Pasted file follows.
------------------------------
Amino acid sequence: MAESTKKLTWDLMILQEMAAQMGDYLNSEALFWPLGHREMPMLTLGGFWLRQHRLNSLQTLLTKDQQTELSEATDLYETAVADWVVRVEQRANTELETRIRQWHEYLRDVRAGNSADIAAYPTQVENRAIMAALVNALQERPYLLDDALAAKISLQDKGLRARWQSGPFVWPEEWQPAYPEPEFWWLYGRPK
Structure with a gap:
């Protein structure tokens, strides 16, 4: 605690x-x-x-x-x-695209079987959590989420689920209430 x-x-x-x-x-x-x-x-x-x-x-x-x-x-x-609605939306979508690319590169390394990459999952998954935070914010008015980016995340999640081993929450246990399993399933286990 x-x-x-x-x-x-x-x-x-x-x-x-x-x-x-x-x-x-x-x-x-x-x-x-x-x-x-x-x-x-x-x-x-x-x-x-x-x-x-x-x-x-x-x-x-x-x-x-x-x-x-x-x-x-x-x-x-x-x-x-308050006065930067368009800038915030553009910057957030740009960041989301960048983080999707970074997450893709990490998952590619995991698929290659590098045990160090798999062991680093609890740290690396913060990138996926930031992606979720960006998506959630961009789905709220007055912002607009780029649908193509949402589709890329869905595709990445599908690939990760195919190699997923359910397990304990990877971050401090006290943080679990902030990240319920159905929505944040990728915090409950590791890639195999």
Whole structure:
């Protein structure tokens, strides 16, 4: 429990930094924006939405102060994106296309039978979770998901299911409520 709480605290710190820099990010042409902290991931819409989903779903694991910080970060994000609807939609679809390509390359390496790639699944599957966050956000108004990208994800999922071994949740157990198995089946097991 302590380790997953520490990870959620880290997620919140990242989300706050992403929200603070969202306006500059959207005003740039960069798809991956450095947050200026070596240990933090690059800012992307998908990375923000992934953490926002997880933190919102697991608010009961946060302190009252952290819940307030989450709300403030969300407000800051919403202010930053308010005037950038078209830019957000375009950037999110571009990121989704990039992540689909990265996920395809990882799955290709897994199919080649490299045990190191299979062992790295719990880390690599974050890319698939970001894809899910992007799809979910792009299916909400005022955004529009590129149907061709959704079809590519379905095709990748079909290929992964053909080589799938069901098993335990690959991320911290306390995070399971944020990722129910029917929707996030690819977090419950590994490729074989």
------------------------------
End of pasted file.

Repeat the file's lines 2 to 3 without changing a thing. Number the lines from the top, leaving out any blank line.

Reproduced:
Structure with a gap:
């Protein structure tokens, strides 16, 4: 605690x-x-x-x-x-695209079987959590989420689920209430 x-x-x-x-x-x-x-x-x-x-x-x-x-x-x-609605939306979508690319590169390394990459999952998954935070914010008015980016995340999640081993929450246990399993399933286990 x-x-x-x-x-x-x-x-x-x-x-x-x-x-x-x-x-x-x-x-x-x-x-x-x-x-x-x-x-x-x-x-x-x-x-x-x-x-x-x-x-x-x-x-x-x-x-x-x-x-x-x-x-x-x-x-x-x-x-x-308050006065930067368009800038915030553009910057957030740009960041989301960048983080999707970074997450893709990490998952590619995991698929290659590098045990160090798999062991680093609890740290690396913060990138996926930031992606979720960006998506959630961009789905709220007055912002607009780029649908193509949402589709890329869905595709990445599908690939990760195919190699997923359910397990304990990877971050401090006290943080679990902030990240319920159905929505944040990728915090409950590791890639195999």